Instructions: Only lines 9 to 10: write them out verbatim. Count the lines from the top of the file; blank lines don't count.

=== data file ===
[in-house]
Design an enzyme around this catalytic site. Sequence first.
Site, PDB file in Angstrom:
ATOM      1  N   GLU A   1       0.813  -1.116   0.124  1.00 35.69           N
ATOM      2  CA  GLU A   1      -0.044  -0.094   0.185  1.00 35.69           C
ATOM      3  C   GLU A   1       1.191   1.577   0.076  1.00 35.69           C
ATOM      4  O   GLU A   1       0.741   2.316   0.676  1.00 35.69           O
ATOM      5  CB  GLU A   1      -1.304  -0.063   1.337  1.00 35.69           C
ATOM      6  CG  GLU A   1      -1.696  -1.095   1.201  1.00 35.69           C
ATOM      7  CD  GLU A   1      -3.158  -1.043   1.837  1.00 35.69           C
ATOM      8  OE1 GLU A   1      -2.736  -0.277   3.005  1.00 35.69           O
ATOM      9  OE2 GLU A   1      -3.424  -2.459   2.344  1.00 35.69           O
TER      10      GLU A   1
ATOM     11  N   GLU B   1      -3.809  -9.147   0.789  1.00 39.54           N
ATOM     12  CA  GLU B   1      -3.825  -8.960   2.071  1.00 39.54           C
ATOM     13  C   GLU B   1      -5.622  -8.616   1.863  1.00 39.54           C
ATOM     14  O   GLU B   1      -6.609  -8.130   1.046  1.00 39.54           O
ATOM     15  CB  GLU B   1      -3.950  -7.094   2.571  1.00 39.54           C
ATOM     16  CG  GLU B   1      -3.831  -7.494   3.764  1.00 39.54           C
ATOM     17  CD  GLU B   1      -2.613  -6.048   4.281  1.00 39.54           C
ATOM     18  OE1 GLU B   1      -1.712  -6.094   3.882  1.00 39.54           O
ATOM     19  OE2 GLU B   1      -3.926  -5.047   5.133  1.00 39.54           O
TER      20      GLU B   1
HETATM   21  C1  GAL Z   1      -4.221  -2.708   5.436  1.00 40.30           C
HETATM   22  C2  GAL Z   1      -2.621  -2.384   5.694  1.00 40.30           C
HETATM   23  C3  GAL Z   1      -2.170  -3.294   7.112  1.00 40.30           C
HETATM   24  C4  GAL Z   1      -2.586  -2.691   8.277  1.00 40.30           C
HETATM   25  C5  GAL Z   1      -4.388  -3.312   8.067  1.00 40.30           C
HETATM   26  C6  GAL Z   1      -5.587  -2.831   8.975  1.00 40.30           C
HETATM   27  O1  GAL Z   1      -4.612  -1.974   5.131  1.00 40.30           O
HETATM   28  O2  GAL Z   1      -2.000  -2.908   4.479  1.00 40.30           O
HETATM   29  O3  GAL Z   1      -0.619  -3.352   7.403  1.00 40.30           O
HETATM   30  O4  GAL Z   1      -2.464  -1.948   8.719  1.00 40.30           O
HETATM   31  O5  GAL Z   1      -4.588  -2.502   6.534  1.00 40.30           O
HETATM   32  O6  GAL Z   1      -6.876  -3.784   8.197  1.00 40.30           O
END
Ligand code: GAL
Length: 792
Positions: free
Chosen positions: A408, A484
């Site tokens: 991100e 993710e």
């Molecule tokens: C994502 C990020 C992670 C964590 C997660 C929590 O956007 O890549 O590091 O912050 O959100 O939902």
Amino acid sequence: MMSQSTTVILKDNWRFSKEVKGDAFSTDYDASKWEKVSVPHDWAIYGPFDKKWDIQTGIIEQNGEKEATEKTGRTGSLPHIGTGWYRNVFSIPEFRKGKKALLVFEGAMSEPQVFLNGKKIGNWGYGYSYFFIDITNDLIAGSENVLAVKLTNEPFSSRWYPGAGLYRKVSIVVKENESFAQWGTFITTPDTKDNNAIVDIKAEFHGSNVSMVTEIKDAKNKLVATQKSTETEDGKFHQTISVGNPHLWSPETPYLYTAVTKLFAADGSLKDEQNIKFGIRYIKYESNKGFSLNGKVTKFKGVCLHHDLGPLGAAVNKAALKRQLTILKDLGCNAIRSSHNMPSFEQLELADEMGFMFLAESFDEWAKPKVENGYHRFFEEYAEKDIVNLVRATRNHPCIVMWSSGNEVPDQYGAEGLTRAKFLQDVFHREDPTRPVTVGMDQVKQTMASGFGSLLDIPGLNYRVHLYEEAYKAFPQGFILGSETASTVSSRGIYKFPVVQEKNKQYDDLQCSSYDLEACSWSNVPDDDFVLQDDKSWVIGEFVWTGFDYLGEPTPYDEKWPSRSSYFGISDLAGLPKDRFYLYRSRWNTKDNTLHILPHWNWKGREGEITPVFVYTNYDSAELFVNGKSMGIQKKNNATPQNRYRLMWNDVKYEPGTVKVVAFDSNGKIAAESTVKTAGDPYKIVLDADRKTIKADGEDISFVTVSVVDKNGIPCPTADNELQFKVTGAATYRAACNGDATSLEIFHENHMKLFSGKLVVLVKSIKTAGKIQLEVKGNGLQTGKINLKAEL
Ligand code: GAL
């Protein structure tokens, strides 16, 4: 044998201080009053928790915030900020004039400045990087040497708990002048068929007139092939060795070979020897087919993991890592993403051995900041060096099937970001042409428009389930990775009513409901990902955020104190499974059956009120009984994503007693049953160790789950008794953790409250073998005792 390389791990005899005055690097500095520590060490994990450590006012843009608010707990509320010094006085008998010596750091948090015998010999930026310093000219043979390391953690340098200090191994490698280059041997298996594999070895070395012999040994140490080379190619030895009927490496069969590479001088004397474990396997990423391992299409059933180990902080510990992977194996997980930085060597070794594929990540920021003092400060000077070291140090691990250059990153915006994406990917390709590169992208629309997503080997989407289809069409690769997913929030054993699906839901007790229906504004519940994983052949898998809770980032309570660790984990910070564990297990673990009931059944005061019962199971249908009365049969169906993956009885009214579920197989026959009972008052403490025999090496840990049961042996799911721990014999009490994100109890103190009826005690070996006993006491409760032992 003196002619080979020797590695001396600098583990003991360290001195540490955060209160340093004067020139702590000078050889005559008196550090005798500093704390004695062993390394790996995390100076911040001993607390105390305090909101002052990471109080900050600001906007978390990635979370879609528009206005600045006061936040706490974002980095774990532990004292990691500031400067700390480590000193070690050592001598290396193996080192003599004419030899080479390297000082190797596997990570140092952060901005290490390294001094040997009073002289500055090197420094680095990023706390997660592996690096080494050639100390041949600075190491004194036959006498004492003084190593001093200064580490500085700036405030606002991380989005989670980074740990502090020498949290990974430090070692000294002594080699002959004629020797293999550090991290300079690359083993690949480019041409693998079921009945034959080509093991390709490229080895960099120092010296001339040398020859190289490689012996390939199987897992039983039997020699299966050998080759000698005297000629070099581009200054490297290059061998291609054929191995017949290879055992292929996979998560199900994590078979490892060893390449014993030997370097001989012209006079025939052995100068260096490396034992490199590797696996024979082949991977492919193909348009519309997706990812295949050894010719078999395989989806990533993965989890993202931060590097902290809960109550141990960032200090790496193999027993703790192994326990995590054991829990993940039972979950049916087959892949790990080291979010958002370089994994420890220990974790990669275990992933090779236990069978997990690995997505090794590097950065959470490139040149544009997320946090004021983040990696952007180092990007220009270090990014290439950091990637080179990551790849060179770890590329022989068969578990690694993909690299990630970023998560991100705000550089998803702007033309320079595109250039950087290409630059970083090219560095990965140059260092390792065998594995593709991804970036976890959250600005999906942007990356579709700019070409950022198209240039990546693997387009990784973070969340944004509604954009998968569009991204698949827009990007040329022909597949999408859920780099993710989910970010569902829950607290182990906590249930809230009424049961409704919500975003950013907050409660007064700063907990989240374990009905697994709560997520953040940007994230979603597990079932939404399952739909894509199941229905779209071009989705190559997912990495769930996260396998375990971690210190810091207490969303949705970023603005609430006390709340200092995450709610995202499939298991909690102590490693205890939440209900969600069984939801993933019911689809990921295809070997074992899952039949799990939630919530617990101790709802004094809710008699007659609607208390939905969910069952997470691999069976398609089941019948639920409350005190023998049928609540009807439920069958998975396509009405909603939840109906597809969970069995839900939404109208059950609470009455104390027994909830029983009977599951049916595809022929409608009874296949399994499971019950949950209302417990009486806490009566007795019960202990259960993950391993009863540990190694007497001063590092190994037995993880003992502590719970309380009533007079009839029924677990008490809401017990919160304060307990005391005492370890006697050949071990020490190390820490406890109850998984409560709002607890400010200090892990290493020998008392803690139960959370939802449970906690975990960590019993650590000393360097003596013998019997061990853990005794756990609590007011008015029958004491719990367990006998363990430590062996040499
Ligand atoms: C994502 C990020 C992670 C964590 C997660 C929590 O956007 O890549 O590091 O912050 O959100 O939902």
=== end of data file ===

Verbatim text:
ATOM      6  CG  GLU A   1      -1.696  -1.095   1.201  1.00 35.69           C
ATOM      7  CD  GLU A   1      -3.158  -1.043   1.837  1.00 35.69           C